Tyrone Reid, Senior Staff Reporter
As the Government prepares to pump millions of dollars into retrofitting police stations to house juveniles who come in contact with the law, the United Nation's Children's Fund (UNICEF) has issued a reminder that the minors should be held in these facilities for a maximum of 48 hours.
In addition, the children must be kept away from adults while at the police lock-ups.
With pressure mounting for the Government to back down or clarify troubling elements of its plan to retrofit police stations, UNICEF officials in Jamaica have given a qualified approval.
"It is important that the police stations be retrofitted because it is almost impossible not to have children in a police lock-up at anytime at all, but they shouldn't be there for longer than 48 hours and while they are there they should not have any contact with adults," said Janet Cupidon Quallo, child protection specialist at UNICEF.
"The extent of the renovations would seem to suggest that they are expecting them to be there for longer than 48 hours but under the law they are not supposed to be there.
"Even right now under the CCPA (Child Care and Protection Act) they are not supposed to be there for longer than 48 hours, so I really don't quite understand a police station being expanded to accommodate 48 or 45 children at one time. A police station is not a substitute," added Cupidon Quallo.
She argued that the Government has to honour the spirit and tenets of the Convention on the Rights of the Child (CRC) and the CCPA.
Late last month, Minister of Youth and Culture, Lisa Hanna, announced that some $75 million has been set aside to retrofit a number of police stations across the country to house juveniles once they are taken into custody.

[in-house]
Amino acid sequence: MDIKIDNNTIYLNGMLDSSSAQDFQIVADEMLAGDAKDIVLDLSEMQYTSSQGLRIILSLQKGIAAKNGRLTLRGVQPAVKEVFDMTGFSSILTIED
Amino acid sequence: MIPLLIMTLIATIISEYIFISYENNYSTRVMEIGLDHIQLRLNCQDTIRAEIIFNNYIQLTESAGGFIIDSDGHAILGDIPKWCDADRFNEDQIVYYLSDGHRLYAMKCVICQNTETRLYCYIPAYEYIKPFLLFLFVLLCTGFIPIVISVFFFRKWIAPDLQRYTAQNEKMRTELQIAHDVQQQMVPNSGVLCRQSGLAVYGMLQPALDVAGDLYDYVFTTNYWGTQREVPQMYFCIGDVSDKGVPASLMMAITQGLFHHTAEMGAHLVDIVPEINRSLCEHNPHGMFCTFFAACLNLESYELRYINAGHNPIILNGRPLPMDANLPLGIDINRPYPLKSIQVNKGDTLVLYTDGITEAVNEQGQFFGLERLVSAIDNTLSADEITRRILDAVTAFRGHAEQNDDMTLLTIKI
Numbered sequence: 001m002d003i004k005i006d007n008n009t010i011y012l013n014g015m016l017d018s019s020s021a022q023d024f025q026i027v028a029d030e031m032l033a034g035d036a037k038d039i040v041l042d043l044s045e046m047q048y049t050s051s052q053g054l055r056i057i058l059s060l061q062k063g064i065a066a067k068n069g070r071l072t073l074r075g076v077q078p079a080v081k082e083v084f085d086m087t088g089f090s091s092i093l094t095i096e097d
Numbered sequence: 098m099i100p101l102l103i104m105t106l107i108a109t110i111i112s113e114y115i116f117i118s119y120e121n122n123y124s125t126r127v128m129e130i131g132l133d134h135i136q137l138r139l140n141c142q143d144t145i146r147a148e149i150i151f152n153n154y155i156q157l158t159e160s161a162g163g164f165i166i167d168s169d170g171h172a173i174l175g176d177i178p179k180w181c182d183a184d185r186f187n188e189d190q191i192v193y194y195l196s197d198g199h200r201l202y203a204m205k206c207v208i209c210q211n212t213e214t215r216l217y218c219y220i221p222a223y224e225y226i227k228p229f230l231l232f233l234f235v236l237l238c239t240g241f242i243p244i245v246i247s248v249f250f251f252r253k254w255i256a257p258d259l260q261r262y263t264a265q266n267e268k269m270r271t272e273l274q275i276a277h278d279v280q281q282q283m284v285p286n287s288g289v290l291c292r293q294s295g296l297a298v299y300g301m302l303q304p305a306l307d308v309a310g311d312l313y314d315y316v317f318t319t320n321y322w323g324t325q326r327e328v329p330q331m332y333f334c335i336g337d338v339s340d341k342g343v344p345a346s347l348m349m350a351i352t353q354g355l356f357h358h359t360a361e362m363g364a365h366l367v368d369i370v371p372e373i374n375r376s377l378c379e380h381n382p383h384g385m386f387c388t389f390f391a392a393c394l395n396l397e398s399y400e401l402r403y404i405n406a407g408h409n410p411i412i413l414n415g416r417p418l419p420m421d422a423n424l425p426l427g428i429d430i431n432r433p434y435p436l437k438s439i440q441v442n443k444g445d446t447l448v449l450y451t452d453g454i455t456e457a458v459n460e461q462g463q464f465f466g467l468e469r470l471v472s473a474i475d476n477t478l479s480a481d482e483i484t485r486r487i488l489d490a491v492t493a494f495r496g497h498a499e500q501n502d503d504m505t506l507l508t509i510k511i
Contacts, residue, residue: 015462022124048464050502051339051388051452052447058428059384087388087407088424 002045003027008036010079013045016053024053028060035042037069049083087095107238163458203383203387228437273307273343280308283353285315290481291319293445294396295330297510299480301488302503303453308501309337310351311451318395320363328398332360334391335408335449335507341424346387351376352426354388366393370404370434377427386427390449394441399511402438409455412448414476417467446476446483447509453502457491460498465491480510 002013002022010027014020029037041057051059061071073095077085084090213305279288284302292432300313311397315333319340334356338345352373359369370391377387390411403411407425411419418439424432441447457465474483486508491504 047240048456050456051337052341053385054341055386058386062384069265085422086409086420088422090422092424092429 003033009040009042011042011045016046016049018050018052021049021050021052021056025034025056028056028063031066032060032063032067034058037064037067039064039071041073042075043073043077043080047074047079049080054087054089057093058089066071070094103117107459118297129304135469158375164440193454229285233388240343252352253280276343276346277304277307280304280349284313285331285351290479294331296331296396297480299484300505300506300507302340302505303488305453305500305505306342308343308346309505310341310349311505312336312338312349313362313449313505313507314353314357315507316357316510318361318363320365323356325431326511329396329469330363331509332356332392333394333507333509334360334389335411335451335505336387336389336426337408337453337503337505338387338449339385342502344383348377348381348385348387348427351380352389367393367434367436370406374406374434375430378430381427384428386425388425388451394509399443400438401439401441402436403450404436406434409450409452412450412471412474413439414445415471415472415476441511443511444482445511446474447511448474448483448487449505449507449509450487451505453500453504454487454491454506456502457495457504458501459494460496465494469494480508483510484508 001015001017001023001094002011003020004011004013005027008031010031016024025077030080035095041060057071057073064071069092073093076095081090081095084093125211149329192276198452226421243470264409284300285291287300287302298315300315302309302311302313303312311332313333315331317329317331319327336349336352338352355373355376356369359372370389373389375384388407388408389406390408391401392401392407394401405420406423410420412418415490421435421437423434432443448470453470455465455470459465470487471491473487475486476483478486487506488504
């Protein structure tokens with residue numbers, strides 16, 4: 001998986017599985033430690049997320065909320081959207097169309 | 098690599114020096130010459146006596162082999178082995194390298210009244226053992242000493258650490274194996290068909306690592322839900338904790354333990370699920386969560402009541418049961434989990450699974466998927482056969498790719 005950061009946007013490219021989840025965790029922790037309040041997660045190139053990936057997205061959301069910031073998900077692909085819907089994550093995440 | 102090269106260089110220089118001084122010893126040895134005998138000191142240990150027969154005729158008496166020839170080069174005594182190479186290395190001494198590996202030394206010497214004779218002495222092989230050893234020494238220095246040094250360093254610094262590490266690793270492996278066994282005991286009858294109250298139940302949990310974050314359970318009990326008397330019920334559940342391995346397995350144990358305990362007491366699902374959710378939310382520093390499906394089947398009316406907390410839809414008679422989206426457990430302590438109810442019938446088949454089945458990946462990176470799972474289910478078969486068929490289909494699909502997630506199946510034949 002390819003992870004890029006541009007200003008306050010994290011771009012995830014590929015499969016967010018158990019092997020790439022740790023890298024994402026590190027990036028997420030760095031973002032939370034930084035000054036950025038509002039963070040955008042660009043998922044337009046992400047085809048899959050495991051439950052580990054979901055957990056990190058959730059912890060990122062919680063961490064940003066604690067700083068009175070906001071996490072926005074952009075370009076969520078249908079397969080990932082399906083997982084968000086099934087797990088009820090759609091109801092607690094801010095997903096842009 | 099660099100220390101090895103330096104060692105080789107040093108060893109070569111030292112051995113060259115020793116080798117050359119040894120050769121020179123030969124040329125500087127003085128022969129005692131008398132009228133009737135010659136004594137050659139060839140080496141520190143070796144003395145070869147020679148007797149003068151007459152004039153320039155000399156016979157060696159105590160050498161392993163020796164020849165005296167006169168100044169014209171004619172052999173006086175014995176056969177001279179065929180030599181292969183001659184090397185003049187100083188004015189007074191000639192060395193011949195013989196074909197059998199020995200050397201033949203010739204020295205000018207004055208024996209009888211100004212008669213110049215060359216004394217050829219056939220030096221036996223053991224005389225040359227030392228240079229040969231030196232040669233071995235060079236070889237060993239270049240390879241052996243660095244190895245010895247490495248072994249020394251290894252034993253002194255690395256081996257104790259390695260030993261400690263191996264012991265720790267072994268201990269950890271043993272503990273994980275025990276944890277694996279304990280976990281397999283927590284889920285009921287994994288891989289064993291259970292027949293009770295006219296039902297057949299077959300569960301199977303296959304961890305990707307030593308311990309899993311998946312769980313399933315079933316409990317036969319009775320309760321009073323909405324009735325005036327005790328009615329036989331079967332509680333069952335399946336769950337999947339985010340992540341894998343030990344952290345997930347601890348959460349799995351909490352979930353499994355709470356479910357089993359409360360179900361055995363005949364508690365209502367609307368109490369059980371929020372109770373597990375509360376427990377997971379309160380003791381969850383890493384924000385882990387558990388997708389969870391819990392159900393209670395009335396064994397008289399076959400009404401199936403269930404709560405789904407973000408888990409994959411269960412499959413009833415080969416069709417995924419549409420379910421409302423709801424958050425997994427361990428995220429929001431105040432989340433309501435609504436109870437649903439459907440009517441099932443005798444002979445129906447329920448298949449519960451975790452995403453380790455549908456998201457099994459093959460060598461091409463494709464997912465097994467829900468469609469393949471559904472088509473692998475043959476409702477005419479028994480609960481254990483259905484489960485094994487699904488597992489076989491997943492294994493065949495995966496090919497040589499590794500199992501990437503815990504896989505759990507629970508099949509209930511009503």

But Robert Fuderich, UNICEF representative in Jamaica, told The Sunday Gleaner that they were never consulted about the plan which was the brainchild of an all-government working group.
Quallo reiterated that keeping the juveniles in the police lock-ups for more that two days was non-negotiable.
"We have to go with what the CCPA says which is consistent with the CRC that says the shortest amount of time possible and separation from adults," she said.
Meanwhile, the Government has said that the $75 million, which has been earmarked so far will go towards retrofitting five out of 14 police stations.
The money is expected to come through the Jamaica Emergency Employment Programme (JEEP).
The move is part of a list of recommendations put forward by the Inter-ministerial Working Group on Children in Detention that was recently approved by Cabinet.
At the time of the announcement, Hanna said the working group was still awaiting news from the police and the JEEP Secretariat on how much it would cost to cover the remaining nine police stations.
During that press conference, Senator Mark Golding, minister of justice, said that the retrofitting of the police stations will ensure that when children are taken into custody by the police they would not be held with adults.
"This particular aspect of what is being discussed is really focusing on the very entry into the system which is a very short period of time but is very important," said Golding.